Abastenia Saint Leger Eberle (1878 – 1942)
A sculptor of highly realistic figures, Abastenia Eberle was especially focused on children of the Lower East Side of New York City when that part of the city was full of immigrants and of resulting social problems. With the eye of a photojournalist and without sentimentality, she recorded the lives of these people including the plight of immigrant females in a piece titled White Slave. This sculpture was her entry in the New York 1913 Armory Show and shocked people because it showed a girl being sold into white slavery. Other works including The Dance of the Ghetto Children and Roller Skating showed youngsters at play, having spontaneous fun.
Eberle was born in Webster City, Iowa, and was raised primarily in Canton, Ohio where her father was a doctor who took her on house calls including to the home of a sculptor who inspired her career. She first studied with Frank Vogan, a local artist. When she was twenty, she moved with her family to Puerto Rico where she found many subjects during the Spanish-American War in which her father served as a physician.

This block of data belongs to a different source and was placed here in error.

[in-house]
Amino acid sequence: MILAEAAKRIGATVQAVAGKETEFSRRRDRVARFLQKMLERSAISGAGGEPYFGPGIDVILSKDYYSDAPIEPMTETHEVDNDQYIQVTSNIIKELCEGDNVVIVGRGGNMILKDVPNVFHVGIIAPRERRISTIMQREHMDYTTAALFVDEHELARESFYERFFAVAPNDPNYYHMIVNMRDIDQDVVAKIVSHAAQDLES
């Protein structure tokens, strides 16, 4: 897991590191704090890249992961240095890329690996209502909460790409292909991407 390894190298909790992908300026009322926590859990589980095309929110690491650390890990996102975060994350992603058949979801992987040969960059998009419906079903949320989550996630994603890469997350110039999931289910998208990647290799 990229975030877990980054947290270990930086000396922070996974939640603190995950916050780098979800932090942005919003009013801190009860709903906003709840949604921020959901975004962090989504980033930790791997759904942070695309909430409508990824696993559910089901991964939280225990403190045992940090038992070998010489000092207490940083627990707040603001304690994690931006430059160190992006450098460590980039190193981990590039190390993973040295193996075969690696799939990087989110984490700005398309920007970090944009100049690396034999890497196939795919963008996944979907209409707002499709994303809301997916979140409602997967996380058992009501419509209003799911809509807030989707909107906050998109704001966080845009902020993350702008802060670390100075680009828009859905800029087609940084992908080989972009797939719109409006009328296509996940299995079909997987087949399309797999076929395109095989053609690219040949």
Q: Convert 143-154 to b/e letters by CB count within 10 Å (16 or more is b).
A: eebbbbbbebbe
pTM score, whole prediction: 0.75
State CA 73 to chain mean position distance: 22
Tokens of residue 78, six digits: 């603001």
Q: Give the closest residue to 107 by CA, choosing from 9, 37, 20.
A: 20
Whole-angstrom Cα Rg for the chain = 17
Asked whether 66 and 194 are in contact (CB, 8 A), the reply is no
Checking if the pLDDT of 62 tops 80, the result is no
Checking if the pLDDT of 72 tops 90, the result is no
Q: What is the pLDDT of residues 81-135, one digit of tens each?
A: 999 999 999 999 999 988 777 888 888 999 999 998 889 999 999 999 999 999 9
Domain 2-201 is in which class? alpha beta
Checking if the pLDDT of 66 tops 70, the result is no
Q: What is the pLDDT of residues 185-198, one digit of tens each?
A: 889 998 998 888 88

In 1899, she enrolled in the Art Students League in New York and took classes from sculptor George Barnard. She and successful animal sculptor Anna Vaughn Hyatt shared an apartment and collaborated on some sculpture in which Hyatt did the animals and Eberle the human figures.
In 1908, she moved to Manhattan and began her search on the East Side for slum-life subjects. Eventually she moved into that neighborhood to be closer to the people with whom she was fascinated.
She worked until age sixty when she became too ill to continue her career, and she died four years later in 1942.
Charlotte Streifer Rubinstein, American Women Artists
Donald Martin Reynolds, Masters of American Sculpture
Biography from the Archives of AskART